• Build for Sears (see http://www.3pointd.com/20070108/ibm-brings-sears-to-second-life-at-ces)‏
  • IBM already runs various meetings inside SL. We can’t share confidential material using SL (since the servers are not run by IBM), but it’s a useful place to socialise and confidential matters can always be discussed over the telephone while being augmented by avatar interactions
    Difficulties with conference calls
    Uncomfortable video conferences
    Using an avatar gives freedom of expression, and seems to break down barriers.
  • GreaterIBM is an initiative to connect past and present IBMers. We’ve already been using virtual world to augment real world activities — since we can’t always travel to meet with each other, the virtual world allows us to meet in a setting that is more like real life, and collaborating and networking in these immersive environments
    The IBM Alumni block party (for The Greater IBM Connection, http://greateribm.com) was a great success, and Greater IBM continues to actively explore how to use virtual worlds to bring past and present employees together.
  • Sam Palmisano appeared in avatar form to address IBMers regarding the results of the Innovation Jam. One outcome was funding for a ‘3D Internet’ project (http://www-03.ibm.com/press/us/en/pressrelease/20605.wss)‏
  • The 12 island complex (194 acres of land) is IBM’s big public presence in Second Life. It has various projects within it, including…
    three huge meeting spaces (each capable of seating over 200 people)‏
    The House of Horizons project: This collaborative project is a Danish initiative from a number of international organisations that seek to experiment with virtual world benefits to real world activities and vice versa. Through a series of Second Life based facilities and a variety of tenants, House of Horizons explores the new opportunities that arise when normal physical factors and geography are suspended and replaced by a digital reality. House of Horizons founding partners are: Danish based Innovation Lab, IBM, and Computerworld Denmark, in association with the Danish architectural firm Arkitema.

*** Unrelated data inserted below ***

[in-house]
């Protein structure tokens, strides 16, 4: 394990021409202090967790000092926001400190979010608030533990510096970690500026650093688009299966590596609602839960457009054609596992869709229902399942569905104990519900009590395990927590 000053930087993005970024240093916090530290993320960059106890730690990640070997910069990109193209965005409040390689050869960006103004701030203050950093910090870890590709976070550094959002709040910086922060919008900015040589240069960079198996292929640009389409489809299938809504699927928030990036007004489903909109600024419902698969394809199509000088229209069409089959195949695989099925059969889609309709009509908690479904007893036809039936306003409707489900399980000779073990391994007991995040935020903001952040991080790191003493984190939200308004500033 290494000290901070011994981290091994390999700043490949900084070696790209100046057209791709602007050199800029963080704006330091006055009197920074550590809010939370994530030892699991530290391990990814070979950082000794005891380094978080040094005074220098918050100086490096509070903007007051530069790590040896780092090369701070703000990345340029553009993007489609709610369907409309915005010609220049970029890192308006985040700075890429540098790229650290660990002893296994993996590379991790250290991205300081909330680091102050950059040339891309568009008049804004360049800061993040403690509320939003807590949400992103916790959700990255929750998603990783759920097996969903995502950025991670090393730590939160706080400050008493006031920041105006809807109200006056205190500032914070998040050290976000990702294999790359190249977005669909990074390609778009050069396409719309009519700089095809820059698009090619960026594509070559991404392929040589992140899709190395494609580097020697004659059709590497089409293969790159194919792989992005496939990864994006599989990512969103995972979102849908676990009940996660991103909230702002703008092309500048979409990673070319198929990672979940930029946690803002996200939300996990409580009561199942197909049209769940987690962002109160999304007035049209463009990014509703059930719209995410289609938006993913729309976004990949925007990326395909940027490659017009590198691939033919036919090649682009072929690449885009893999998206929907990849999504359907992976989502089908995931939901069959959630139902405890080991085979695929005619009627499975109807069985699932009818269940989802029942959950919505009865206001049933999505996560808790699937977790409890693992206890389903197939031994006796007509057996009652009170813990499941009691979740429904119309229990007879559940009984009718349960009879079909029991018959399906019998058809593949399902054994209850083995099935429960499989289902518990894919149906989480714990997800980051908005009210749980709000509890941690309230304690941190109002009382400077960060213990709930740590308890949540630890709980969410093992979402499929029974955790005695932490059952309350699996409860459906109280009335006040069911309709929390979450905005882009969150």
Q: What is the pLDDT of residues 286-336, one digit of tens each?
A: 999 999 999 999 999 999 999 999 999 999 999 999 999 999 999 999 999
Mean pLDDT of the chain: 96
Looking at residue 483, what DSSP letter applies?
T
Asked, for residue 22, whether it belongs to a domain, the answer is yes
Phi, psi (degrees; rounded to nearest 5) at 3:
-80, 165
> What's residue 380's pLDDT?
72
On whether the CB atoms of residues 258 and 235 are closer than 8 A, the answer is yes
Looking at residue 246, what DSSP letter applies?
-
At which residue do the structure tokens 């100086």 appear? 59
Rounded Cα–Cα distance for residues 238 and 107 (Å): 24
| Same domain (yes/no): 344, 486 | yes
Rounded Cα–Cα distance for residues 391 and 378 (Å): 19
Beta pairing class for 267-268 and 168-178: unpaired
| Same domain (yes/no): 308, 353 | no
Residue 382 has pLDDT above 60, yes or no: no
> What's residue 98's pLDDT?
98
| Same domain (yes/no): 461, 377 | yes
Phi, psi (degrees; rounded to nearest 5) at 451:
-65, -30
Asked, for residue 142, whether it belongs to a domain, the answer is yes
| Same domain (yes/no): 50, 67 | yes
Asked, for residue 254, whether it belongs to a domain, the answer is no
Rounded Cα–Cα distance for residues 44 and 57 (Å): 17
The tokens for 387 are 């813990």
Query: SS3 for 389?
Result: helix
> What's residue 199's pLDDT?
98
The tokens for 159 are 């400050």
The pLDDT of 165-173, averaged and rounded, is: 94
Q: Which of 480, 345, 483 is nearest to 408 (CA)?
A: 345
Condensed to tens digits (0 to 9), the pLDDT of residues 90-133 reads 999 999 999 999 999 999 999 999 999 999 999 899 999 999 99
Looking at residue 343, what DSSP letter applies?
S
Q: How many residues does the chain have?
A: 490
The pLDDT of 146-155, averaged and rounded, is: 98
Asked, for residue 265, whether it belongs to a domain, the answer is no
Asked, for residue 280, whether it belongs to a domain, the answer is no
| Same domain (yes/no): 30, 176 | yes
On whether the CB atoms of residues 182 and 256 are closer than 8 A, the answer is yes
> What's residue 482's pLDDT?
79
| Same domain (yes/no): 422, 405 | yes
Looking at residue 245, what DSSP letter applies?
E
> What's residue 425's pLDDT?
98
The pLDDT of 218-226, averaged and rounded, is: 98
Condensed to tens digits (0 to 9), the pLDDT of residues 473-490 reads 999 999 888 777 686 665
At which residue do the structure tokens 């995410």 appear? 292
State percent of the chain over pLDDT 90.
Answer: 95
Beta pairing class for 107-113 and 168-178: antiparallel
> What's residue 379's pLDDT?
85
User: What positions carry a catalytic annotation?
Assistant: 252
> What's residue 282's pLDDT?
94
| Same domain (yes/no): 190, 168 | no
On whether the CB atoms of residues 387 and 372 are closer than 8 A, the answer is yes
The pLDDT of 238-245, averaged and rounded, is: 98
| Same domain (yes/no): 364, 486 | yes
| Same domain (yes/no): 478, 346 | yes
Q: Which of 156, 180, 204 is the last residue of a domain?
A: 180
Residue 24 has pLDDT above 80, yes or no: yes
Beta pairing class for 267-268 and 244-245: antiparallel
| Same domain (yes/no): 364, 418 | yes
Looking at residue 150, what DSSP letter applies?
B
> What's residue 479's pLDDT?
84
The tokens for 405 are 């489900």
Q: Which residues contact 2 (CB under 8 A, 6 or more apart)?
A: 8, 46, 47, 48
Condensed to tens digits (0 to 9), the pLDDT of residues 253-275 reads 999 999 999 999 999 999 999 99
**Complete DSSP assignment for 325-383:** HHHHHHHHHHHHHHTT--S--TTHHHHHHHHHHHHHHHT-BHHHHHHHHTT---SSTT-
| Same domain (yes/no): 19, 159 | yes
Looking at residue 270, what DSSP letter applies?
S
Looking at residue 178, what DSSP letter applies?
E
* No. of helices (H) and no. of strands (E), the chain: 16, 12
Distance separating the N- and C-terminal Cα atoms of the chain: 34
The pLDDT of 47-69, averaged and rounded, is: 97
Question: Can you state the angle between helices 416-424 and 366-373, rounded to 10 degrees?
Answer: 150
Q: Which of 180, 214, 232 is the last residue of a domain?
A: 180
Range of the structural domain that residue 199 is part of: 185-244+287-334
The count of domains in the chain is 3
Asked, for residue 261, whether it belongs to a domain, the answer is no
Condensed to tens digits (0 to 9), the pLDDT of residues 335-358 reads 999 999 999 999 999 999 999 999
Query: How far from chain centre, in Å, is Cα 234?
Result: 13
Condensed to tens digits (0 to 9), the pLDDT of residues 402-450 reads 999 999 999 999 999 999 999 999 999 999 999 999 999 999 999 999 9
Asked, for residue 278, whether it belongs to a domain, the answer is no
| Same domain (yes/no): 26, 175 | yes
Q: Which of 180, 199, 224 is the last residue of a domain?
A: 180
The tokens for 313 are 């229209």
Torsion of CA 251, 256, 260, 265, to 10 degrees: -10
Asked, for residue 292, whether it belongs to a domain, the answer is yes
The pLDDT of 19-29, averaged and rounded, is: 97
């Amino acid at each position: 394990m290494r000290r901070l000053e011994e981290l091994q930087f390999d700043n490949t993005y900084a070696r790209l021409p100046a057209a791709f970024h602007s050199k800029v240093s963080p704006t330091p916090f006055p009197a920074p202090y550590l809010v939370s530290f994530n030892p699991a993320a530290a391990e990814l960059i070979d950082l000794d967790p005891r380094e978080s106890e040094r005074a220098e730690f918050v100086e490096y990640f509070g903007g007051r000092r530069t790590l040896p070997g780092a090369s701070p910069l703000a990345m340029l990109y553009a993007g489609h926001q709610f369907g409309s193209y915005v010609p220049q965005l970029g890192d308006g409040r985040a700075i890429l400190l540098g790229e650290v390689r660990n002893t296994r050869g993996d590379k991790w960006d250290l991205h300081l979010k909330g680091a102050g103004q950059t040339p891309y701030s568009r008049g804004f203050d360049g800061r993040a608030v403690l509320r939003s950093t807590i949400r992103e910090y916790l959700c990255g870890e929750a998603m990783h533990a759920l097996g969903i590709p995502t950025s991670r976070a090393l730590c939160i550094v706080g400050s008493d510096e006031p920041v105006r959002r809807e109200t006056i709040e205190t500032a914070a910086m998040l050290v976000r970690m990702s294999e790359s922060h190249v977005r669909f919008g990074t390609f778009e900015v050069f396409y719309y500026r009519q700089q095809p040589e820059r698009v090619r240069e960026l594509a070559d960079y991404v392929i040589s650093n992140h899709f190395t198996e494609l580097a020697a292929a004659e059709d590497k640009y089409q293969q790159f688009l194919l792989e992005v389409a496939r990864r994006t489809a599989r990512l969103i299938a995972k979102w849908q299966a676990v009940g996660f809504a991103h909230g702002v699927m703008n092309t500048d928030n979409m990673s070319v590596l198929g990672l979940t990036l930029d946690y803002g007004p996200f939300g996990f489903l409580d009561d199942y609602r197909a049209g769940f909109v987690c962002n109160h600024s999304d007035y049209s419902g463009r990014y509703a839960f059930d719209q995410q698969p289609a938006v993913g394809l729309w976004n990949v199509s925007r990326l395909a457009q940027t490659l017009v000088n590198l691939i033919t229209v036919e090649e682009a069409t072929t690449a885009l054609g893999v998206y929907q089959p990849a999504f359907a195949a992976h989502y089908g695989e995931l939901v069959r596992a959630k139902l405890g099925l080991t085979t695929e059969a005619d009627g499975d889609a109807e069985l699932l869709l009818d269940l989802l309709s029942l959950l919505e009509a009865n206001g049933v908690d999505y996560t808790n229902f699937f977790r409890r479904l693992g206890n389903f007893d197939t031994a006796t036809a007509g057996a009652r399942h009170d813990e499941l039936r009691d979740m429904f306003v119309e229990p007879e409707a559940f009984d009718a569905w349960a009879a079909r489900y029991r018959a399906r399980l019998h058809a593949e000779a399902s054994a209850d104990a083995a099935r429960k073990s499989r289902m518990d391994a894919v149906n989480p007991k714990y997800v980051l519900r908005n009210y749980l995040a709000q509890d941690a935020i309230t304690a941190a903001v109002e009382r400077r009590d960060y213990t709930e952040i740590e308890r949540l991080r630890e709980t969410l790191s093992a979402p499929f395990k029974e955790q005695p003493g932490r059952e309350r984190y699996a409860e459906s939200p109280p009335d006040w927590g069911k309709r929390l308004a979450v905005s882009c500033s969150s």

A meeting place for the IBM ‘Virtual Universe Community’, already over 1000 IBMers.
    ‘SOA hub’ is the early stages of a build we plan to fully unveil in January. It is an example of how you can use the 3D, immersive worlds to simplify the complex by “showing” people these concepts and allowing them to experience them through 3D interactions that explain business concepts in a more easy to understand way. The lessons we learn in running this sort of event can be passed on to our clients too; we will apply what we are developing here from an education and training standpoint to all sorts of other areas and for our clients.
  • We’ve partnered with Circuit City to explore and experiment with how we can apply virtual worlds to their business — from doing business inside of virtual worlds to connecting the virtual world with the real world to create a richer, more immersive Web environment. This early build of a virtual Circuit City store is an area where we are experimenting with how to enrich a user experience by using virtual worlds to augment both the Web experience and the real world experience. Other immersive features that IBM and Circuit City are experimenting with include an interactive home theater, where customers can easily recreate their own home environment to do things like setting up a home theater — users can easily move a couch at the proper distance from where they want to put a new TV, and it automatically tells them the optimal size TV to purchase for their room dimensions, and eventually will add other features like where to place speakers for a surround sound system. As with everything in the IBM complex, we’re keen to get client and public feedback so it can improve over time.